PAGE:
So at the end of June, I got my first invite to Google +. Actually I got three simultaneously. I had heard about the new offering a little earlier and understood it was Google’s approach to world domination via social networking and was here to decimate Facebook, and possibly Twitter, maybe LinkedIn
So I logged on / in and had a bit of a play. Not much, because I couldn’t see much to play with. I asked my connections what should I do with it. Mel Pay kindly pointed me to her analytic post on the benefits. It’s going to be a corker because it integrates with Google Apps. That didn’t work for me – I find Google apps a bit difficult to use. Don’t ask me why, I’m normally good with these things!
Jason Berek Lewis told me he liked it as it meant he could partition his different interest groups and differentiate the messaging.
More contacts mean better use of Circles to segment messages you send out over the Google+ network. That’s what attracts me to Google+ – I can easily send different messages to Family, Professional Contacts, Healthcare Comms/Social Media contacts, etc.
That made me sad. What group would I be placed in? Would I still see his Proud Papa messages, his geeky comic references? I don’t work in health care but I quite enjoy occasional posts on health care. They make me think and educate me. Ring-fencing by interest seemed exclusionary and well, not social. As some-one who works with organisations I borrow from biologists, neuropsychs, sociologists and economists to do the things I do. Would being segmented into other people’s perceptions of what circle I should be in reduce my access to multi-disciplinary ideas?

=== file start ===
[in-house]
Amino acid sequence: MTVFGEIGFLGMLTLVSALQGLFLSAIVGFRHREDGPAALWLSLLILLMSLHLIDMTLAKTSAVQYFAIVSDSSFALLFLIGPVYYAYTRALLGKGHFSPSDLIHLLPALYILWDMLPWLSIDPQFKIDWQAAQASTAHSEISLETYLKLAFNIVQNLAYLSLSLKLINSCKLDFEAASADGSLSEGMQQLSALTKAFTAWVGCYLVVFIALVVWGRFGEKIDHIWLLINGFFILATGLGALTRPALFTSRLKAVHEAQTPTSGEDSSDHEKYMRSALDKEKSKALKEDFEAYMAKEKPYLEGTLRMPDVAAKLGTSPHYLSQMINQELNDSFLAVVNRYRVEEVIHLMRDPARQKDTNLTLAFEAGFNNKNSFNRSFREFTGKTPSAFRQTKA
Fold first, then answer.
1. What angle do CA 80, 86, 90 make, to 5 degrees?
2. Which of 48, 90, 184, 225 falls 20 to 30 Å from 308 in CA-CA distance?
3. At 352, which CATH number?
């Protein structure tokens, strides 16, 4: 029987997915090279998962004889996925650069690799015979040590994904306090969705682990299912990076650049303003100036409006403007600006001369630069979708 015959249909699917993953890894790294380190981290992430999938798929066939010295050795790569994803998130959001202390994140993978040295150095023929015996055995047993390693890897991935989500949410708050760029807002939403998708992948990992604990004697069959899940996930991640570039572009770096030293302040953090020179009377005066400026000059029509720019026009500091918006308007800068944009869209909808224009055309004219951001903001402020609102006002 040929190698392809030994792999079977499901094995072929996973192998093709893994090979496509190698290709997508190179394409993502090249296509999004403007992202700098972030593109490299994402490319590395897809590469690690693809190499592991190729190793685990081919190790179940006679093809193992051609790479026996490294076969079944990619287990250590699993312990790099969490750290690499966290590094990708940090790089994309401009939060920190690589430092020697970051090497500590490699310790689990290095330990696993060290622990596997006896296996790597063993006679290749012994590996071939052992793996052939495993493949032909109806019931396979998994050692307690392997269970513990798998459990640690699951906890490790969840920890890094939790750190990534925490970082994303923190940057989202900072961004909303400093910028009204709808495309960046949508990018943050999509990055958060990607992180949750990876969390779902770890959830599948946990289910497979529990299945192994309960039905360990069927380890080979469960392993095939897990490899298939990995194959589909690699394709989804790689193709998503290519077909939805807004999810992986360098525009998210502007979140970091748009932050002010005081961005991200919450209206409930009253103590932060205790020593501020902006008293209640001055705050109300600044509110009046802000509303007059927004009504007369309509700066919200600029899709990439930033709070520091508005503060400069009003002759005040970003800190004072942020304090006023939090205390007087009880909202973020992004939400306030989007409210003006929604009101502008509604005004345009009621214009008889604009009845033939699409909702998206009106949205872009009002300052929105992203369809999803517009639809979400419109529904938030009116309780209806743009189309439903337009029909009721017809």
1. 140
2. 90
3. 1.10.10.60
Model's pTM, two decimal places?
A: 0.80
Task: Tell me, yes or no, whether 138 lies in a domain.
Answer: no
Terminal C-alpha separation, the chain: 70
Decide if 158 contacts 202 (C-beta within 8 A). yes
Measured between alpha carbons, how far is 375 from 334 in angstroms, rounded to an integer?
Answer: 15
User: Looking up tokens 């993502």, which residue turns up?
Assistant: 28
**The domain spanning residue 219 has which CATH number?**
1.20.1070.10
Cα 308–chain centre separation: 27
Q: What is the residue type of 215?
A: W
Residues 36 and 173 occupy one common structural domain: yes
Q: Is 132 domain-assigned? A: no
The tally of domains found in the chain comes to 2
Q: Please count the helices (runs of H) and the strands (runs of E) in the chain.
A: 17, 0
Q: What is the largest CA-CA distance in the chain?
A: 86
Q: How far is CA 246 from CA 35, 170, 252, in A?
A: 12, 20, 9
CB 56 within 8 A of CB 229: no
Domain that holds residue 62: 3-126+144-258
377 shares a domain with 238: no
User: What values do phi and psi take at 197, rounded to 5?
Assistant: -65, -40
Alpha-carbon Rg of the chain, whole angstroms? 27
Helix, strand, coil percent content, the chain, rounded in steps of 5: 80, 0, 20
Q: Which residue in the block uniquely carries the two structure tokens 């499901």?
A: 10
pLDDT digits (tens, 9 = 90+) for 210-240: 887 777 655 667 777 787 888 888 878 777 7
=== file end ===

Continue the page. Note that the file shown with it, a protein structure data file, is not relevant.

Robert Scoble posts on how Google + won’t take off with “normal” people. It’s for serious geeks. And as some-one who has always been kind of an outlier, it’s kinda cool to be in the average range.
But he is right. The switching costs are simply too high for the average person. Because we have invested so much on other platforms. I’ve already segmented – business colleagues / acquaintances and tailored status updates on LinkedIn. Interesting people on Twitter. Real friends and occasional family members on Facebook.
Social media apostasy requires a step change innovation / benefit.
And I just don’t see it with Google +. It is incremental at best – for the average user. At least at this stage.
And I’m not seeing as much social behavior on Google +, it’s all very broadcast. I have to say all of those people who I don’t know who are adding me to circles? Freaking me out. Nothing social going on there. Which is very odd I know, because I don’t get freaked out by people following me on Twitter. Once again I feel the need to yell, ” I am not a baseball card to be collected!!”
Of course the parallels to the early stage adoption of Twitter, and if I recall, Facebook are similar. You have to use it more to get it. People were tweeting what they had for breakfast before they engaged in real conversations with followers. Of course conversation is not the only valid social behavior online – there’s always room for observation and lurking.
People need to trust you’ll be around long enough to engage with you in a social fashion. And it is only in Beta stage.
But you tell me, what am I missing. What do you see as the step change innovation that will bring an average user along? Bring a business along. Change social media faith. Help me see the light. Because G+ whizz I just don’t see it for now…